“Big Pink in Quake City: Respite for the Restless”
SAN FRANCISCO — Darling Dolly Dane, a rachitic teenie waif from the wilds of Petaluma (“Egg Basket of the West”), was rattling off her semi-pro panhandler’s hype at the intersection of Post and Steiner, while up the block at Winterland, the reclusive band from Big Pink was making ready to strike up some sweet country funk, and rock mojo-domo Bill Graham, after his own emotionally hemophiliac fashion, was sidling up to the mound to strike o-u-t OUT.
“Don’t be a tacky cunt, hon,” Darling Dolly coaxed a sailor in the stream of ticket-holders pressing toward the entrance. “Do me some good with your spare change.”
Dear, darling Darlin Doll she wasn’t alone — the tribal rock hounds and stone guerrilla hippies of the Bay Area had turned out in force for the occasion. Flapping along the sidewalks, preening and shrilling, they soared into the cavernous recesses of the old ice-skating rink-turned-rock ballroom like flocks of bright, demented birds.
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The mood of expectancy ran high; “This will be a stoning thing,” a mustachioed kid from Berkeley promised his chick in sepulchral tones.
Promises, promises. From the outset, The Event that had been broadsided for weeks in advance as sure to hang heavy, heavy over our collective long-haired heads turned out to be — with a brief respite to be noted — merely onerous.
The spooky vibes began in the lobby. Poker-faced security guards — a lot of them, all looking like Tac Squad reservists — swarmed through the foyer and along the hall’s aisles, barking at people to move along, seemingly at whim. After being shooed away a couple of times, I managed to buy a coke at the refreshment stand and started working my way through the crush toward the stage, where the house sound system reared up out of the darkness like a massive and sinister radar installation. The Ace of Cups, a local all-femme group who occasionally generate an ambience of pure physical fun because they’re such fetching chicks to look at, played listlessly. The acoustical reference in the room was muddier than Vic and Sade on an Atwater-Kent table model.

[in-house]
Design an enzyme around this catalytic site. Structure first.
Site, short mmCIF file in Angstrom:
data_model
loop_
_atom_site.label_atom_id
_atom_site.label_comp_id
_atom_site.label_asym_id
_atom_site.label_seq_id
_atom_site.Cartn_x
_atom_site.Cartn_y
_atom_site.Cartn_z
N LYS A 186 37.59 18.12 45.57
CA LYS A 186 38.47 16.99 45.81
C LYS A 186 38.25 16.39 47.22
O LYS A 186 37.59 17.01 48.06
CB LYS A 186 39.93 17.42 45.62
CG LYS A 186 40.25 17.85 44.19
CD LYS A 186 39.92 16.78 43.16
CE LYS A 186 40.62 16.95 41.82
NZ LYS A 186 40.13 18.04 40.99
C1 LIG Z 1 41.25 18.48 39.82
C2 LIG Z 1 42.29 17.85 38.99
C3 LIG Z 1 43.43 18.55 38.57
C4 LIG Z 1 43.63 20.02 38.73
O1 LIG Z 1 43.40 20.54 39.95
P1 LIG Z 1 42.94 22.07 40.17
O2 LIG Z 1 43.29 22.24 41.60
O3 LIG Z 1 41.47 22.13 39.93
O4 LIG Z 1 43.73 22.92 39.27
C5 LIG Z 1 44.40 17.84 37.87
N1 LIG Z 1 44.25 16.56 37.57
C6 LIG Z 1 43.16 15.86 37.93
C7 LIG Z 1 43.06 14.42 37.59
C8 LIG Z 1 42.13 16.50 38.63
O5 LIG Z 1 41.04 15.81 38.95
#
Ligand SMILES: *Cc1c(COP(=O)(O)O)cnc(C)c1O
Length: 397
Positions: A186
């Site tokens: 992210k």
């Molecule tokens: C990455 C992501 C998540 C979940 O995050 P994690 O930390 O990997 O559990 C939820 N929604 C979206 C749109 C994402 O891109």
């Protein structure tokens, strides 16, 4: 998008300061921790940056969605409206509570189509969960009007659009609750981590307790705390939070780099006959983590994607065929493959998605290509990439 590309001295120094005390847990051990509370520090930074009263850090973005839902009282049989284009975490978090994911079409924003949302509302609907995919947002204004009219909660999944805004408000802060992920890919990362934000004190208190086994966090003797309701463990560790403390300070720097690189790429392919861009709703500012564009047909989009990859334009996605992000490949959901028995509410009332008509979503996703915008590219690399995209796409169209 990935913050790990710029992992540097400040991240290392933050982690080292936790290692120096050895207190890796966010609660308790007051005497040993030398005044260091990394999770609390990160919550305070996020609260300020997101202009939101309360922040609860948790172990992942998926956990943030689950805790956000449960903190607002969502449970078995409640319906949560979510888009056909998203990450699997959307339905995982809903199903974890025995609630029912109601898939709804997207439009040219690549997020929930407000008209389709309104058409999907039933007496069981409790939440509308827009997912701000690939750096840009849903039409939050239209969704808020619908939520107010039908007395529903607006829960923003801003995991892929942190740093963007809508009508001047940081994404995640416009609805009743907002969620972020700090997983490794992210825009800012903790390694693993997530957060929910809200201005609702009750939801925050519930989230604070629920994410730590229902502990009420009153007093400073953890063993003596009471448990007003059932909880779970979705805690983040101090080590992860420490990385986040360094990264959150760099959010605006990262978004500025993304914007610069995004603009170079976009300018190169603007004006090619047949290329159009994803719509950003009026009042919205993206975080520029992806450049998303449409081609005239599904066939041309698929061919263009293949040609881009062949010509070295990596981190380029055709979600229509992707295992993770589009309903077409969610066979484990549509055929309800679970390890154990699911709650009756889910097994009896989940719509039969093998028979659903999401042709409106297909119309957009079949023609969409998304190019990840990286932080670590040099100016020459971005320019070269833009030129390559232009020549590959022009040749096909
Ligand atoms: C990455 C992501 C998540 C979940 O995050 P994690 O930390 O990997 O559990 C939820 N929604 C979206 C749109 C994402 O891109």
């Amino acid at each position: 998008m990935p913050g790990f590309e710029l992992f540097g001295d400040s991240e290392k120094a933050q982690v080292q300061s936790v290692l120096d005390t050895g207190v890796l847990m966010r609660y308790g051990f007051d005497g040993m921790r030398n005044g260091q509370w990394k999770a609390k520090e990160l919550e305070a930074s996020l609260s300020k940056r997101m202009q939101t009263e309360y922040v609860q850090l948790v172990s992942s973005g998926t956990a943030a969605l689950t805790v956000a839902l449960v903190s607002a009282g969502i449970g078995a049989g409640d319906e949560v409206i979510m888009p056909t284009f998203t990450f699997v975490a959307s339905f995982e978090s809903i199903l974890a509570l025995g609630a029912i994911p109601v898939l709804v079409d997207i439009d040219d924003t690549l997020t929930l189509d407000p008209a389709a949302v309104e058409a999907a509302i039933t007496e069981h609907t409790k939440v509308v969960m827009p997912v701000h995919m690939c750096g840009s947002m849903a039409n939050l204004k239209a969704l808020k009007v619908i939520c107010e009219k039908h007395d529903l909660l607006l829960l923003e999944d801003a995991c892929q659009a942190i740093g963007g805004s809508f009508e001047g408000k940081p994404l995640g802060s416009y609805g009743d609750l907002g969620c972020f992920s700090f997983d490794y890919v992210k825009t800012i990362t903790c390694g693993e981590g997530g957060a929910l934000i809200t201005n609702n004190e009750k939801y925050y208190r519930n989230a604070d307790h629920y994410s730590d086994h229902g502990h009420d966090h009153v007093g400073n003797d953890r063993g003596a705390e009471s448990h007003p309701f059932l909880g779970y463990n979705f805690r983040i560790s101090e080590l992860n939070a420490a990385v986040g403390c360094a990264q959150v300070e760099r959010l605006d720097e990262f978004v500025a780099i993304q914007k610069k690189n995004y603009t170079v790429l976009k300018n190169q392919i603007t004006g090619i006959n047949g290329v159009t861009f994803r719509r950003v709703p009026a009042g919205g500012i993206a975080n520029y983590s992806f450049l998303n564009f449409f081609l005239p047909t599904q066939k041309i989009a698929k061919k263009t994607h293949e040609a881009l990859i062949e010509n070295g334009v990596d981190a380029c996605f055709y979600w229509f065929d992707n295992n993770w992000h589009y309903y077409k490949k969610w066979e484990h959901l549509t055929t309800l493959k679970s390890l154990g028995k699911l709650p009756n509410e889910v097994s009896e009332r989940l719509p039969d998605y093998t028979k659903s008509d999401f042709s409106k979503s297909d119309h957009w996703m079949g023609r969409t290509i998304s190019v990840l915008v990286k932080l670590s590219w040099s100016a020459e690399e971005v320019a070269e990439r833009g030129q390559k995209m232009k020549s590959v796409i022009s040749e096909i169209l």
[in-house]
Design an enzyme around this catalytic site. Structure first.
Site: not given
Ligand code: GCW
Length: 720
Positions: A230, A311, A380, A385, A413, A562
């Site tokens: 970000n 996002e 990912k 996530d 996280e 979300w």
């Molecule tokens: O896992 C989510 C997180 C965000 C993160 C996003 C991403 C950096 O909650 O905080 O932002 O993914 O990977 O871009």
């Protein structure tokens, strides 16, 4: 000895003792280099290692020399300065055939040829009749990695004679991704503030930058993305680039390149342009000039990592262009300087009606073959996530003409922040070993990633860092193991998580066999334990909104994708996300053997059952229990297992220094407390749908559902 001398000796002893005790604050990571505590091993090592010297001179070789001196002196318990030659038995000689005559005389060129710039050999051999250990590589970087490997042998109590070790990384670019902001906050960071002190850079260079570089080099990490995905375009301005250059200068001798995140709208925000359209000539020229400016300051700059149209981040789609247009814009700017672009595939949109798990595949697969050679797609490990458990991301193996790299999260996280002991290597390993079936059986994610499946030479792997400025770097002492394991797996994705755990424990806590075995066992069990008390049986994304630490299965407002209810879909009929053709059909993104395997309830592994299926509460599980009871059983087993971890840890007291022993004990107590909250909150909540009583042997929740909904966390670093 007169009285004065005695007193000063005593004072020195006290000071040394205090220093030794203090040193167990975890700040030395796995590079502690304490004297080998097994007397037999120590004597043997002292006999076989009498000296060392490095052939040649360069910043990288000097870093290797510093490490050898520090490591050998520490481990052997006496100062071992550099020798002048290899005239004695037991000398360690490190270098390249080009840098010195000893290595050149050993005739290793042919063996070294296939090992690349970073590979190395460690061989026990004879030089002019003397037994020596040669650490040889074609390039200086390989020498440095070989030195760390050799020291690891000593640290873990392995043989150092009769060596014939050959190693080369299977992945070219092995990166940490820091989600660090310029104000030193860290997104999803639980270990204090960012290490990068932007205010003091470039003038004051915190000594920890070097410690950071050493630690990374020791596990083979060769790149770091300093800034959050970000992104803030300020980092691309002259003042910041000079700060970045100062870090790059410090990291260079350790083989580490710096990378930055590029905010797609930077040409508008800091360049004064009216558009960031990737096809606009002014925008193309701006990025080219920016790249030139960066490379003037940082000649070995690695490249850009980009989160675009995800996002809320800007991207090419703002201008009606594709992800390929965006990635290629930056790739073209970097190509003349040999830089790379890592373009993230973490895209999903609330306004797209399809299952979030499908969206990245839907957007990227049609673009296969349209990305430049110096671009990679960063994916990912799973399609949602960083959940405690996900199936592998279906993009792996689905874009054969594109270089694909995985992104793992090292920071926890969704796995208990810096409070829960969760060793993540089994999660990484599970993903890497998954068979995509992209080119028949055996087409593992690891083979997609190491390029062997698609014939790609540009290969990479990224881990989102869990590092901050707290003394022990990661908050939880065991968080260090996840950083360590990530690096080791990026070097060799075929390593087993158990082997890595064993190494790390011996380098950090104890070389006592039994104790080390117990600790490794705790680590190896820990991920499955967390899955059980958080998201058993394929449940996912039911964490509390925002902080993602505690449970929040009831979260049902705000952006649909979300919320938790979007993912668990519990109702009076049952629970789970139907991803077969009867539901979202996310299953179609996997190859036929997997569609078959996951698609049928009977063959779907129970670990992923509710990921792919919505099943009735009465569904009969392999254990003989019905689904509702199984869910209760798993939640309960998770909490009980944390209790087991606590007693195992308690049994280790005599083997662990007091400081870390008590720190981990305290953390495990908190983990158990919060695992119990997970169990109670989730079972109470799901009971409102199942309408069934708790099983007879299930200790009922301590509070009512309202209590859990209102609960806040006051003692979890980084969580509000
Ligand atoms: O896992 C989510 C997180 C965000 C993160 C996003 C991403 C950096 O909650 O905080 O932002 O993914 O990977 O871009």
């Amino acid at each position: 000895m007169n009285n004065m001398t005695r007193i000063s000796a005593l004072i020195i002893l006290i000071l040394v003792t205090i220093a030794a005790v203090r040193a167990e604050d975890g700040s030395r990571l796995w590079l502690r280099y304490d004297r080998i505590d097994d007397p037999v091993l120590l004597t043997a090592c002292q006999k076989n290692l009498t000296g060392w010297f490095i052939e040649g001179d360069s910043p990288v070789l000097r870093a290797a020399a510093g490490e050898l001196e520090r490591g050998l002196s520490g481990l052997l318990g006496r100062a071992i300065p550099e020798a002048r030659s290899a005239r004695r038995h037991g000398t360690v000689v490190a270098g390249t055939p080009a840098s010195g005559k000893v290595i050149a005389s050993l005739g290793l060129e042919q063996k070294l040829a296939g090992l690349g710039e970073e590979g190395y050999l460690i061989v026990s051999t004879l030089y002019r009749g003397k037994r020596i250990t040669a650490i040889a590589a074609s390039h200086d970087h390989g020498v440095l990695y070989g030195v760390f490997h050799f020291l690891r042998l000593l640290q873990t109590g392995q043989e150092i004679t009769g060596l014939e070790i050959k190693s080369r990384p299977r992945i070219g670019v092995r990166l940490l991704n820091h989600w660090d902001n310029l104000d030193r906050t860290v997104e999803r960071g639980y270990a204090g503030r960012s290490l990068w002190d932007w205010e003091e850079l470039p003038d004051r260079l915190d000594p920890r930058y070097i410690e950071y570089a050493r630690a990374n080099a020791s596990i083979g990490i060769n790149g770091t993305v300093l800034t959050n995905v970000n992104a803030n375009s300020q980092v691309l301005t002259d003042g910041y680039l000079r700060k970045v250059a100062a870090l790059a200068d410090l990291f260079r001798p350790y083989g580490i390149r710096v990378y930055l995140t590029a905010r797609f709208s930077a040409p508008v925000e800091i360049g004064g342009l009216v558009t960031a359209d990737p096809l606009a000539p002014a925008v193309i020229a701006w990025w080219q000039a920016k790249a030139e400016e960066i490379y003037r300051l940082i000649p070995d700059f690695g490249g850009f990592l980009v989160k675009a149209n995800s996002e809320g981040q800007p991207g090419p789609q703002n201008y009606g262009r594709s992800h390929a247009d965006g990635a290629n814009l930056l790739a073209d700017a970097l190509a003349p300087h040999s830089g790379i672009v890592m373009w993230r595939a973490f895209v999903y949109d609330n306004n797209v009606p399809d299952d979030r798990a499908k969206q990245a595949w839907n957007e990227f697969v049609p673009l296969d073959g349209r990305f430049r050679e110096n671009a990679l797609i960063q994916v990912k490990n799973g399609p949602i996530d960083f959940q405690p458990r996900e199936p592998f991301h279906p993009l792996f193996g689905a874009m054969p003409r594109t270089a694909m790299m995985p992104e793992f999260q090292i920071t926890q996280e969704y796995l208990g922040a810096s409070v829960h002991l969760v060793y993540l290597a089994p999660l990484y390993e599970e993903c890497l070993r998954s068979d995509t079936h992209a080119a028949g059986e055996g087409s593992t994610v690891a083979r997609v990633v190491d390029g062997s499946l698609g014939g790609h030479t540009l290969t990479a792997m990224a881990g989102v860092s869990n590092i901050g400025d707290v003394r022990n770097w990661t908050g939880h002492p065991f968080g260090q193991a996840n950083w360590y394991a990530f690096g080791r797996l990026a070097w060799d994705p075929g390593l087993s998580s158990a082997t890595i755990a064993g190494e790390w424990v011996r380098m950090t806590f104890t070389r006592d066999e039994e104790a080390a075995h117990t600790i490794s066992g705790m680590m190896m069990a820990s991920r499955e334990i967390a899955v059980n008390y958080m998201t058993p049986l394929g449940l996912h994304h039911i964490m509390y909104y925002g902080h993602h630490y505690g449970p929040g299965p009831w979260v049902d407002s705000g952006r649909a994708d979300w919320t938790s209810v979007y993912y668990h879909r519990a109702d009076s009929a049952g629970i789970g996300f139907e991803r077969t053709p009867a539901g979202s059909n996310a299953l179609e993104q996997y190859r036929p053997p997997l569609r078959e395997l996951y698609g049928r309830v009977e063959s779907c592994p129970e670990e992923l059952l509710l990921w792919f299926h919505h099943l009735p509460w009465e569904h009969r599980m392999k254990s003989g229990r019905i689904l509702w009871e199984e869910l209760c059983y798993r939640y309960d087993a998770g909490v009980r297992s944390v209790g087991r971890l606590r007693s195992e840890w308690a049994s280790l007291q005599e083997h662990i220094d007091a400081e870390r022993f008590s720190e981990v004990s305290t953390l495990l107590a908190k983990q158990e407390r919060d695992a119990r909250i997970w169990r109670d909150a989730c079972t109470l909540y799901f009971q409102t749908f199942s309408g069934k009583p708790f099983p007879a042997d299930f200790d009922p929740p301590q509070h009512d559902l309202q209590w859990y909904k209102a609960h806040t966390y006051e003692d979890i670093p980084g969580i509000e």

I ran into one of the Family Dog people, an acquaintance from Texas, and we watched silently as the Sons of Champlin, another local group, set up onstage. They would play an overlong and uncharacteristically lackwit set. After the first couple of numbers, the crowd stirred restlessly; the smell of burning weed was stronger than a ten-minute egg.
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A kid in a smudgy, buttonless tunic, his face pocked with scabies pimples, wandered through the crowd, obviously stoned. He kept running his fingers through the flame of a lighted candle and mumbling what must have started out as a chant. A half-hour later, when I caught sight of him a second time, his hands were black and literally smoking.
My friend groaned; “Jesus, that dude must’ve been shooting up the Chronicle Sporting Green for days. He’s gonna wake up in the morning — some morning — and feel everything but good.”
After the Sons had bowed off to polite but disinterested applause, there was a lengthy delay of a type that telegraphed to the audience: Something Has Gone Stone Wrong. Then Bill Graham popped up at the mike, earnest, thin-skinned, a-stammer, attempting to apologize for the apology he was about to tender —